Should.” The hell. Seriously, why do we still employ this word when talking about ourselves? I should have written this column five days ago, but here I am, after deadline, piecing my thoughts together in some 600-word cohesive something. Sorry to shatter the illusion (was there ever an illusion?), but I am 100 percent a procrastinator and the s-word revolution starts … tomorrow.

Yes, the s-word. One of the most crippling and ineffective words in our lexicon when referring to ourselves and our shortcomings.

Maybe it’s the senior-year nostalgia kicking in, combined with my longing to go back and rethink my college decisions, but I’m finding that everywhere I turn, either I or someone else is lamenting on personal failures — “I should update my LinkedIn page,” or “I should’ve majored in American Studies” (save yourself the trouble — reference the turmoil I mentioned a couple of columns ago and explore that major now) — and it’s kind of seductive, in a creepy, wallowing way. “Yes! Reminding myself of what I’m not doing is a surefire way to kick myself into gear!” said nobody ever.

So much of what we “should” do is driven not by personal fulfillment but by projecting onto ourselves what we see and admire in others, without taking into account the process folks go through to become who they are. We see it, we covet it, we want it and when our “shoulds” just aren’t enough we fall to pieces, and then blame ourselves because we “should” be stronger? See? See how gross and creepy this is? We should start a “should” support group. But actually.

Honestly, I think “should” is great for impeding progress, the sentiment being that whatever you are doing now or whoever you are now is inherently wrong, and there’s something better for you waiting if only you’d be better.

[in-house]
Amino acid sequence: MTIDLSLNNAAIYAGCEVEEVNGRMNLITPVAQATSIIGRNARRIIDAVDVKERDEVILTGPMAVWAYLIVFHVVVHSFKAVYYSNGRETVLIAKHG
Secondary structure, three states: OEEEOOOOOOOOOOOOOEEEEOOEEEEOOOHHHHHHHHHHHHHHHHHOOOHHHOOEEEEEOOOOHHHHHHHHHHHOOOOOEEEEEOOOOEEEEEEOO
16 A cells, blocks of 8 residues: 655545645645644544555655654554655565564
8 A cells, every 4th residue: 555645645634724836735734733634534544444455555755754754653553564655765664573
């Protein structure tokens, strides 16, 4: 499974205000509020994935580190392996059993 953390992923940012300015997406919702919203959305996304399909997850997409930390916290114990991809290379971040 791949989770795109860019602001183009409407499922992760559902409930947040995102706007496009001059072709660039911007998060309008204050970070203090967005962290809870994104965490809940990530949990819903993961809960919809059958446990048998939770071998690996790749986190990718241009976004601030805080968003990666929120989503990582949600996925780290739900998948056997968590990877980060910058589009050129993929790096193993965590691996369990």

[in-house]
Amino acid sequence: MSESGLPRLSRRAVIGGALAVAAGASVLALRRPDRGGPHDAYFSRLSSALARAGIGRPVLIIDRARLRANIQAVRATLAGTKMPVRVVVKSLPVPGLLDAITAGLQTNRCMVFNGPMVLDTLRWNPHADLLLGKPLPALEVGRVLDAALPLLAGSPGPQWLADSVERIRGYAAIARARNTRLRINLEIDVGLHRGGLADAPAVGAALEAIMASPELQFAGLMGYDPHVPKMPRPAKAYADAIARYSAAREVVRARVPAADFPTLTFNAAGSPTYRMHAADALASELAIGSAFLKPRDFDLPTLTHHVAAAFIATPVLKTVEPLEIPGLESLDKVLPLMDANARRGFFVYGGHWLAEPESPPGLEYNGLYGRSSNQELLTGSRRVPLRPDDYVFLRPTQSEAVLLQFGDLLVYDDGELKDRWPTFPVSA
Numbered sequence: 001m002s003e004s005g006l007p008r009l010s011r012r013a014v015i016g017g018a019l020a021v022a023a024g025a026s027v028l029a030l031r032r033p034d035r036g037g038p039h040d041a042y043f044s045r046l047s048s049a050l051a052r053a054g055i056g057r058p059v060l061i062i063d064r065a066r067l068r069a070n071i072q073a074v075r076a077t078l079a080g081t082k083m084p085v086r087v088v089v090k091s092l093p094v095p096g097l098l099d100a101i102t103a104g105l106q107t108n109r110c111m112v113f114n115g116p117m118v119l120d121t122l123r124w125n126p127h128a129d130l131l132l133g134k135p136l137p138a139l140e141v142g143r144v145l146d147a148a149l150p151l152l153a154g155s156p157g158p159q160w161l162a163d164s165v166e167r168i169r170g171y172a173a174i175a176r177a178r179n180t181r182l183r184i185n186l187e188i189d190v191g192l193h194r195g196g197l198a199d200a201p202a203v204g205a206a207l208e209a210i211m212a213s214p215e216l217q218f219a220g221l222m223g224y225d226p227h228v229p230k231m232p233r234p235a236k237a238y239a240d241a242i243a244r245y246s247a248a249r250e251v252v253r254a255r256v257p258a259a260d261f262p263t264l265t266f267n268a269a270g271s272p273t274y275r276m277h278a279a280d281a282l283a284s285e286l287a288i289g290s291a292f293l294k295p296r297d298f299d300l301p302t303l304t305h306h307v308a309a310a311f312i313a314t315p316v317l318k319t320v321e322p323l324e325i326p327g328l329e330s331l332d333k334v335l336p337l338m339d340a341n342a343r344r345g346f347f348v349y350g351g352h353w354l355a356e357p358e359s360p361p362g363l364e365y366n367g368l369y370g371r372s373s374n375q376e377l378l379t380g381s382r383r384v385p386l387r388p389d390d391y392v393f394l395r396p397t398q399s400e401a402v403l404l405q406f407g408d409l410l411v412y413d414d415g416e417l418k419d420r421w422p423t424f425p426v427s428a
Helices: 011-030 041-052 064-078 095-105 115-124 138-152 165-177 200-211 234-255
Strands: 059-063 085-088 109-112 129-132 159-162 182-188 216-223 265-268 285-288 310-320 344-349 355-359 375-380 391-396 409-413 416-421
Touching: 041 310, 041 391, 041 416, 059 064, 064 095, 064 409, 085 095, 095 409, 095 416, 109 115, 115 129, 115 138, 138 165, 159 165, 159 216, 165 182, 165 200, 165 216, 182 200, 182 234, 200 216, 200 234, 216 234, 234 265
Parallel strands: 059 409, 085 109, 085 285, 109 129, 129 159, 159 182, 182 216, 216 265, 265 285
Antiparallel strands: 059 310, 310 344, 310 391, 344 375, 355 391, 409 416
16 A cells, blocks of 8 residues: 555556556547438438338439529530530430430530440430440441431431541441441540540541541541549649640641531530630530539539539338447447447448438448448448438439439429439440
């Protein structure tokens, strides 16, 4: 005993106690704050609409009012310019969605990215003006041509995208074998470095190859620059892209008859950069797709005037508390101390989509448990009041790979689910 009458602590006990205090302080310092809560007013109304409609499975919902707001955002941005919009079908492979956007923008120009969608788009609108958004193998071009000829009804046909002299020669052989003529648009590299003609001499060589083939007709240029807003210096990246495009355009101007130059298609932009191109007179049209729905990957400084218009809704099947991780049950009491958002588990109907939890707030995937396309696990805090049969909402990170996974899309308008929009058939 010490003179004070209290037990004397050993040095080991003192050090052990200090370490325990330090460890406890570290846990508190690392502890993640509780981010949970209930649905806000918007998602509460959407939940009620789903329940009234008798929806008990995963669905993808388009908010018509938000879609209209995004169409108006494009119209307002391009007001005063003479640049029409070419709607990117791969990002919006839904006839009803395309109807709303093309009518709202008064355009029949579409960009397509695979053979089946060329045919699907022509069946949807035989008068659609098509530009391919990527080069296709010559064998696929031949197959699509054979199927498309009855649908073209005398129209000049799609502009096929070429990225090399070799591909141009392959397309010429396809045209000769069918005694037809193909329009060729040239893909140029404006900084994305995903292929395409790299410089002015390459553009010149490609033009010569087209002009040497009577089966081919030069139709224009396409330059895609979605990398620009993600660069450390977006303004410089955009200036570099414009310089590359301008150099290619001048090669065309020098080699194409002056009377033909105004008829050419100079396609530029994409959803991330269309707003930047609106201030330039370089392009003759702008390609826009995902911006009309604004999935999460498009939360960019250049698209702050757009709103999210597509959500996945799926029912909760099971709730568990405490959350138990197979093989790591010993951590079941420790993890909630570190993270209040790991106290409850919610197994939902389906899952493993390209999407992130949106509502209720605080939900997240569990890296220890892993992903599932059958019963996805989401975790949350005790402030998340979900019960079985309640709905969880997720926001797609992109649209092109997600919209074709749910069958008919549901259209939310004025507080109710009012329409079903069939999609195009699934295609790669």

“Should” never leads to actual change, or a hint of it. It simply leads to more uncertainty and perpetual frustration. “Should” doesn’t take into account that we’re human beings who are capable of change in our own time. “Should” reigns at Tufts. Should is the reason why so many people graduate and continue on with jobs that pay the rent but neglect the self. If we are going to play this game then we “should” not have come to college, because we “should” have already acquired the skills, research abilities, knowledge and wisdom to transcend the need for higher education institutions. You see there? “Should” denies reality and discounts us as individuals.

As someone who lives in a perpetual state of “shouldacouldawoulda,” I can tell you in earnest that “shoulding” on yourself does more harm than good.

Telling yourself that you “should” study more effectively will not help you study more effectively. Telling yourself that you should spend more time alone getting to know yourself won’t lead to actual self-awareness, it’ll lead to self-shaming once you fail to carry through with what you “should” be doing, and it leads to judging yourself. And when this happens, all roads lead to Häagen Dazs and Netflix.

So, it is time to try something different. To change, we have to acknowledge how we’re feeling and thinking and make an honest assessment. “Should” makes us aware of what is wrong, without giving us the tools to fix it. Are your actual values in line with this desire? If you want to change, avoid “should” and work on doing. When you learn how to do this, let me know.

But seriously, we should get coffee.

My Tufts Daily Column (2/21) – Where is the symposium on family diplomacy?

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Brionna Jimerson | Respect Your Elders

Where is the symposium on family diplomacy?

Published: Thursday, February 21, 2013

Brionna Jimerson column

Welcome to spring symposium season at Tufts. In the coming weeks, you will be flooded with scholars, panels, invites, experts and roving students in search of their next free lunch in the Cabot Auditorium lobby or catered reception in Alumnae Lounge. No judgment here: I will most likely be beside you, eating my fill of cheese squares and pita pieces.